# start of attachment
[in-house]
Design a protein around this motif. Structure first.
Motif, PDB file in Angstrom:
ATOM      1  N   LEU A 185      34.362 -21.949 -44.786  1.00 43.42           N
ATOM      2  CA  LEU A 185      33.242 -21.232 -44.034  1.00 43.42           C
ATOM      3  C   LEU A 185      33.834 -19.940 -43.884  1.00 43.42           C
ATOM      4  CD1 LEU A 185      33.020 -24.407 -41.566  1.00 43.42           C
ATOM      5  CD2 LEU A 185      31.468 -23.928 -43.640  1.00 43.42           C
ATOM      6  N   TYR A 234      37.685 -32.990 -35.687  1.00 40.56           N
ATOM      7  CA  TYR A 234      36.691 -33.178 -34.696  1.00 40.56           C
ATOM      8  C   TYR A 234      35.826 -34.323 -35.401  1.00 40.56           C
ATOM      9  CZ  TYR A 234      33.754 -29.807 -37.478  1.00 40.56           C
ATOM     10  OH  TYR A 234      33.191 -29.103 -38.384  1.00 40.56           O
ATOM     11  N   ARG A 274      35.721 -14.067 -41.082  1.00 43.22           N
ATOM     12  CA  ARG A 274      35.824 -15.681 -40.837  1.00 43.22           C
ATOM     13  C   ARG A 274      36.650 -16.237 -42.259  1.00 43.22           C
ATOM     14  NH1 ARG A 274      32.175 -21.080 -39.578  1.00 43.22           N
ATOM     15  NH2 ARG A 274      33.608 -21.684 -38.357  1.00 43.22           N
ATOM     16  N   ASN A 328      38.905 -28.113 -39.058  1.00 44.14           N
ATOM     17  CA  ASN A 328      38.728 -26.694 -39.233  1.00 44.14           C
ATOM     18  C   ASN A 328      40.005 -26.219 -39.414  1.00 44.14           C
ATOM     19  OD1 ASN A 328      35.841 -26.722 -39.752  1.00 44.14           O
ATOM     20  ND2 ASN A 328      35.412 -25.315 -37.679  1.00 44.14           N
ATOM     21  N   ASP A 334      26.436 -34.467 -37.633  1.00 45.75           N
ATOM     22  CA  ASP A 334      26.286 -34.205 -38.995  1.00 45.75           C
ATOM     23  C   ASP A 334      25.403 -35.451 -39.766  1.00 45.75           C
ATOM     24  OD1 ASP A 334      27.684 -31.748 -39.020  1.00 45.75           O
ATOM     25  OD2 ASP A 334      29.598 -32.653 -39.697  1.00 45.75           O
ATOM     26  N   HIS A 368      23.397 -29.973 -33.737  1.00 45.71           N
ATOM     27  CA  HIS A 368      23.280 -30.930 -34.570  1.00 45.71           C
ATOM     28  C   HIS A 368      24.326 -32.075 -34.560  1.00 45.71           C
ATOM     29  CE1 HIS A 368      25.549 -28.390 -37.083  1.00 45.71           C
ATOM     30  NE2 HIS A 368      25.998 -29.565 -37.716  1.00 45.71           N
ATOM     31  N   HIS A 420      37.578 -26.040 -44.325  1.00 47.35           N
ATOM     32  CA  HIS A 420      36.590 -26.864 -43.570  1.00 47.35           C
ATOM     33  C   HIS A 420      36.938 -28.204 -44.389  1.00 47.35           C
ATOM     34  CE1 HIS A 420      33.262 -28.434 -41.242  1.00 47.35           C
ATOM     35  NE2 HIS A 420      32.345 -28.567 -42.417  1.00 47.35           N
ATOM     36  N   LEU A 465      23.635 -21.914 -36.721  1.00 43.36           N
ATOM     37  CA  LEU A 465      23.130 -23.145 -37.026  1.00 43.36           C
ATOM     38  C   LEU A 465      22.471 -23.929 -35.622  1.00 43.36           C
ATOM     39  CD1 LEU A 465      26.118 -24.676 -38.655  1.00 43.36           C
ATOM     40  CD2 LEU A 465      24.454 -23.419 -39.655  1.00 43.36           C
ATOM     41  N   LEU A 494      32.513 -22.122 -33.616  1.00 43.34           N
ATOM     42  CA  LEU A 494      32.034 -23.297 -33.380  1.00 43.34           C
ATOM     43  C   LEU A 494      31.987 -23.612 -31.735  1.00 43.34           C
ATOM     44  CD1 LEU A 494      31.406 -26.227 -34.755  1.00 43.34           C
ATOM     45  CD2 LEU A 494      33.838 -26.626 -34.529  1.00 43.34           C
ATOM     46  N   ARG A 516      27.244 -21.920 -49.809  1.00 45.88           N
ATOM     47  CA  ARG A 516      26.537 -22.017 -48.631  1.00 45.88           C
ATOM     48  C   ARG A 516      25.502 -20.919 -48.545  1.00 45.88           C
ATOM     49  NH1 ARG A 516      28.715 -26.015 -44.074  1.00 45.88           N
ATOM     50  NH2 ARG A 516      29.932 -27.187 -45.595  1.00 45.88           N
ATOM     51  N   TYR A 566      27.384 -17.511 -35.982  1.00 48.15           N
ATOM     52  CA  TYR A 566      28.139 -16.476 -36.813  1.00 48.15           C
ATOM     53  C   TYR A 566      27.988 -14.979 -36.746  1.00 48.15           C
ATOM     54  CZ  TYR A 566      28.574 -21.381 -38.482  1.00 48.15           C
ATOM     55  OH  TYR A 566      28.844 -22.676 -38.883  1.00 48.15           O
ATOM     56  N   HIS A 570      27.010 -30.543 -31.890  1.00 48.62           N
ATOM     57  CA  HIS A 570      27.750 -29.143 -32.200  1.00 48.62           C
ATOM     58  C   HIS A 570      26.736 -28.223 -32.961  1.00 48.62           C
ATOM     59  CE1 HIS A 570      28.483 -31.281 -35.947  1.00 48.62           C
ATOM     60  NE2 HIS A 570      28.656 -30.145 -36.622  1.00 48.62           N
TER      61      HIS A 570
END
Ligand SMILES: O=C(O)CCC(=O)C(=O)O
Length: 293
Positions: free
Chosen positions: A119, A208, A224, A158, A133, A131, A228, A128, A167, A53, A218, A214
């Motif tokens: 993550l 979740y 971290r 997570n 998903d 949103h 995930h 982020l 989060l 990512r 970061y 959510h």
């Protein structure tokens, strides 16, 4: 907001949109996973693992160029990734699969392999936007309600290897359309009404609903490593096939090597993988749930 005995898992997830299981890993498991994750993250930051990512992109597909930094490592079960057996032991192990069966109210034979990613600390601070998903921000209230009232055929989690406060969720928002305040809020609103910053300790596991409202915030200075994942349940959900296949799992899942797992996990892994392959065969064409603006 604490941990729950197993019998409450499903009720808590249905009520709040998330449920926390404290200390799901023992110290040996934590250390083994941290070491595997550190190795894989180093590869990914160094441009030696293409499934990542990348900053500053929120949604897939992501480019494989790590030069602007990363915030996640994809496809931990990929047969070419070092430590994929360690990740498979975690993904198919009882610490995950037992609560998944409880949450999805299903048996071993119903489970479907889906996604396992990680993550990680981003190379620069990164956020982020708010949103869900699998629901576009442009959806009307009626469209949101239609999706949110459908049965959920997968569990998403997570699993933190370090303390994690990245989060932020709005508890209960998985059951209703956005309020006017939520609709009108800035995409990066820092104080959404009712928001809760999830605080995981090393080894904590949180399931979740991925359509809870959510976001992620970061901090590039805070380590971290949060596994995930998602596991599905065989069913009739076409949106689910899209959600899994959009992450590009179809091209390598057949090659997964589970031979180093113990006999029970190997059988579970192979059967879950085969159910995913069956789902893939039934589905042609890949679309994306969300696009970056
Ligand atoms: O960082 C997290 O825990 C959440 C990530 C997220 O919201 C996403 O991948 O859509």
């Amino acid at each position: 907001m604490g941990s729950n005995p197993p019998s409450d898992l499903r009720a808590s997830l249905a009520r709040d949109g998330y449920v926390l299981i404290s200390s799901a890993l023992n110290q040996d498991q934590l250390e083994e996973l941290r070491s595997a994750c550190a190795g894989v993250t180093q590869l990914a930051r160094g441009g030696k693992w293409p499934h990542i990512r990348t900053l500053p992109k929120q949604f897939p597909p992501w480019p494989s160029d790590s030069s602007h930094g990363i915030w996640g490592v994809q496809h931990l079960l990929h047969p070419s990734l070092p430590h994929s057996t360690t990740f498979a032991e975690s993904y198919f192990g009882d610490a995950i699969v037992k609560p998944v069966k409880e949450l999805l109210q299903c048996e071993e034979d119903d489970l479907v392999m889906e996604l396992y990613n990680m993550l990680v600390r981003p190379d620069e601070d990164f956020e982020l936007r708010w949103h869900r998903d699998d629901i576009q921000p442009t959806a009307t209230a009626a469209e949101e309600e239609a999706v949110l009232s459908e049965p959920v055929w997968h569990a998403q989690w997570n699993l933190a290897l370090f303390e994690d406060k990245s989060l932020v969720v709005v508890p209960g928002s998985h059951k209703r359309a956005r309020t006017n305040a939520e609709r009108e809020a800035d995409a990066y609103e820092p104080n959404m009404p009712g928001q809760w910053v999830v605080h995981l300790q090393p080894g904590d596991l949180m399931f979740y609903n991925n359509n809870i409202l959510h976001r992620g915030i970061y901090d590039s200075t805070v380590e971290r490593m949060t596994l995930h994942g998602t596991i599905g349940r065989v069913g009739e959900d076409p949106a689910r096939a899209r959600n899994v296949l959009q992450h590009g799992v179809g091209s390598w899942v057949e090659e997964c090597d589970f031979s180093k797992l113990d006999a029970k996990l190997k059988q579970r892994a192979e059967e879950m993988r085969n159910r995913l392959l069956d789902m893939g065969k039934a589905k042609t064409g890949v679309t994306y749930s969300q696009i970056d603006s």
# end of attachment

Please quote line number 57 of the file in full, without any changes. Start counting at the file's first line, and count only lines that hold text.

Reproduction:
ATOM     54  CZ  TYR A 566      28.574 -21.381 -38.482  1.00 48.15           C